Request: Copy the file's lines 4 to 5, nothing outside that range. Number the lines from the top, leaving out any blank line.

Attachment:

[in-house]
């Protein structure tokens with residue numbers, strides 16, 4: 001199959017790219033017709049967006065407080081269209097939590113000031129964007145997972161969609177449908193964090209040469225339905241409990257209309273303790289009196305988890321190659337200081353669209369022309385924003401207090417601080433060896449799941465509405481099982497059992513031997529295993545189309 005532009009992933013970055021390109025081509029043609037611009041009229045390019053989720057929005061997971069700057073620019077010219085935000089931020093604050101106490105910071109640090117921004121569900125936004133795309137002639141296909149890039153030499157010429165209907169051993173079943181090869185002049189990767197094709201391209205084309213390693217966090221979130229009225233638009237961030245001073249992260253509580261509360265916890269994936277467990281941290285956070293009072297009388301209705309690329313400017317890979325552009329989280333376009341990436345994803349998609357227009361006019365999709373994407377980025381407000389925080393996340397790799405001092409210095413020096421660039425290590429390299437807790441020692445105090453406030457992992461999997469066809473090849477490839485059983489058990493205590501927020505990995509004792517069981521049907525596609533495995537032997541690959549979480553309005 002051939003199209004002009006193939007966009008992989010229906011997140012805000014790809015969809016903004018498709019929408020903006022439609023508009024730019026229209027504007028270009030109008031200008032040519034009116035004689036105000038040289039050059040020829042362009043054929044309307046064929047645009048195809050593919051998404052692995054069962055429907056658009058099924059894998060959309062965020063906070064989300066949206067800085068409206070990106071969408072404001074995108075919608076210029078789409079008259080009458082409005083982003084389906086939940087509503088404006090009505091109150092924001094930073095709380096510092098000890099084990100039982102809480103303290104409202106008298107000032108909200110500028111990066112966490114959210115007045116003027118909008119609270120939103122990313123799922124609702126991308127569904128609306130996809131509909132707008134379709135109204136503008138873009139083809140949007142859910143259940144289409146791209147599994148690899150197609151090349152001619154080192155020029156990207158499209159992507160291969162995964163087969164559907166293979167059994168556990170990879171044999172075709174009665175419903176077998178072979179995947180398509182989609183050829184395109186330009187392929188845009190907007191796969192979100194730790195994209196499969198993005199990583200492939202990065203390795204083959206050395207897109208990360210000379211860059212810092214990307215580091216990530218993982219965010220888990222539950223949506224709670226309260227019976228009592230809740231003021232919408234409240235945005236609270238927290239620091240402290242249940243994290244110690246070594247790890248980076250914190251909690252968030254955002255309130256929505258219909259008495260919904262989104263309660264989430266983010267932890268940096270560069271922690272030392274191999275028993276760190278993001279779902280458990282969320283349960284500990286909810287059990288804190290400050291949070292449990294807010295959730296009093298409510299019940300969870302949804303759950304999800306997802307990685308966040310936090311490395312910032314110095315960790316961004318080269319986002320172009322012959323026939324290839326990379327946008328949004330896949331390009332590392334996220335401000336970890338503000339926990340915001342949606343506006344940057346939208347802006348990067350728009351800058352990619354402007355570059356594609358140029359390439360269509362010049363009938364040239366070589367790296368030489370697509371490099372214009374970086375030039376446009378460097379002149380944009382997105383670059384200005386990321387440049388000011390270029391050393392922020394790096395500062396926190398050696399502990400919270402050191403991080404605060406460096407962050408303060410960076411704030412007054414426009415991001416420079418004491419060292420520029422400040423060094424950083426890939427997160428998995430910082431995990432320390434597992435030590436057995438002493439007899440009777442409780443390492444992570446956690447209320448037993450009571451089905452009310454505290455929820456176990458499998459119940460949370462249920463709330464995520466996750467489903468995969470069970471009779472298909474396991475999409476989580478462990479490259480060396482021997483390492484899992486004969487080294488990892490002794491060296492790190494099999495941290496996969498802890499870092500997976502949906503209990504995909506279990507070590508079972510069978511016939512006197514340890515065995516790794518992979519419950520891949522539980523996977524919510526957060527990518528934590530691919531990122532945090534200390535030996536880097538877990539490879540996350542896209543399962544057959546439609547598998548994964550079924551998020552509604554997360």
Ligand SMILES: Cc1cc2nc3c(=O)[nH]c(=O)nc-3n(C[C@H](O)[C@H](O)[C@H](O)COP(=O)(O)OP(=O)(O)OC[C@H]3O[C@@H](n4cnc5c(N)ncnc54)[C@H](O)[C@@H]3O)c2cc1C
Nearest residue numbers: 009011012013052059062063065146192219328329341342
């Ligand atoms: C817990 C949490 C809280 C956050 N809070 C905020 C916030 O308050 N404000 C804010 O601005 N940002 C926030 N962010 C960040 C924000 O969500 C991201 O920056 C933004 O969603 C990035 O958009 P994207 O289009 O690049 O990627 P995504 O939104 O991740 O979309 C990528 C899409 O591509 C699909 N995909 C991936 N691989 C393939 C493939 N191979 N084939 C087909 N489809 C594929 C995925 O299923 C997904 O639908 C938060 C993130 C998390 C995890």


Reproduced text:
Nearest residue numbers: 009011012013052059062063065146192219328329341342
């Ligand atoms: C817990 C949490 C809280 C956050 N809070 C905020 C916030 O308050 N404000 C804010 O601005 N940002 C926030 N962010 C960040 C924000 O969500 C991201 O920056 C933004 O969603 C990035 O958009 P994207 O289009 O690049 O990627 P995504 O939104 O991740 O979309 C990528 C899409 O591509 C699909 N995909 C991936 N691989 C393939 C493939 N191979 N084939 C087909 N489809 C594929 C995925 O299923 C997904 O639908 C938060 C993130 C998390 C995890």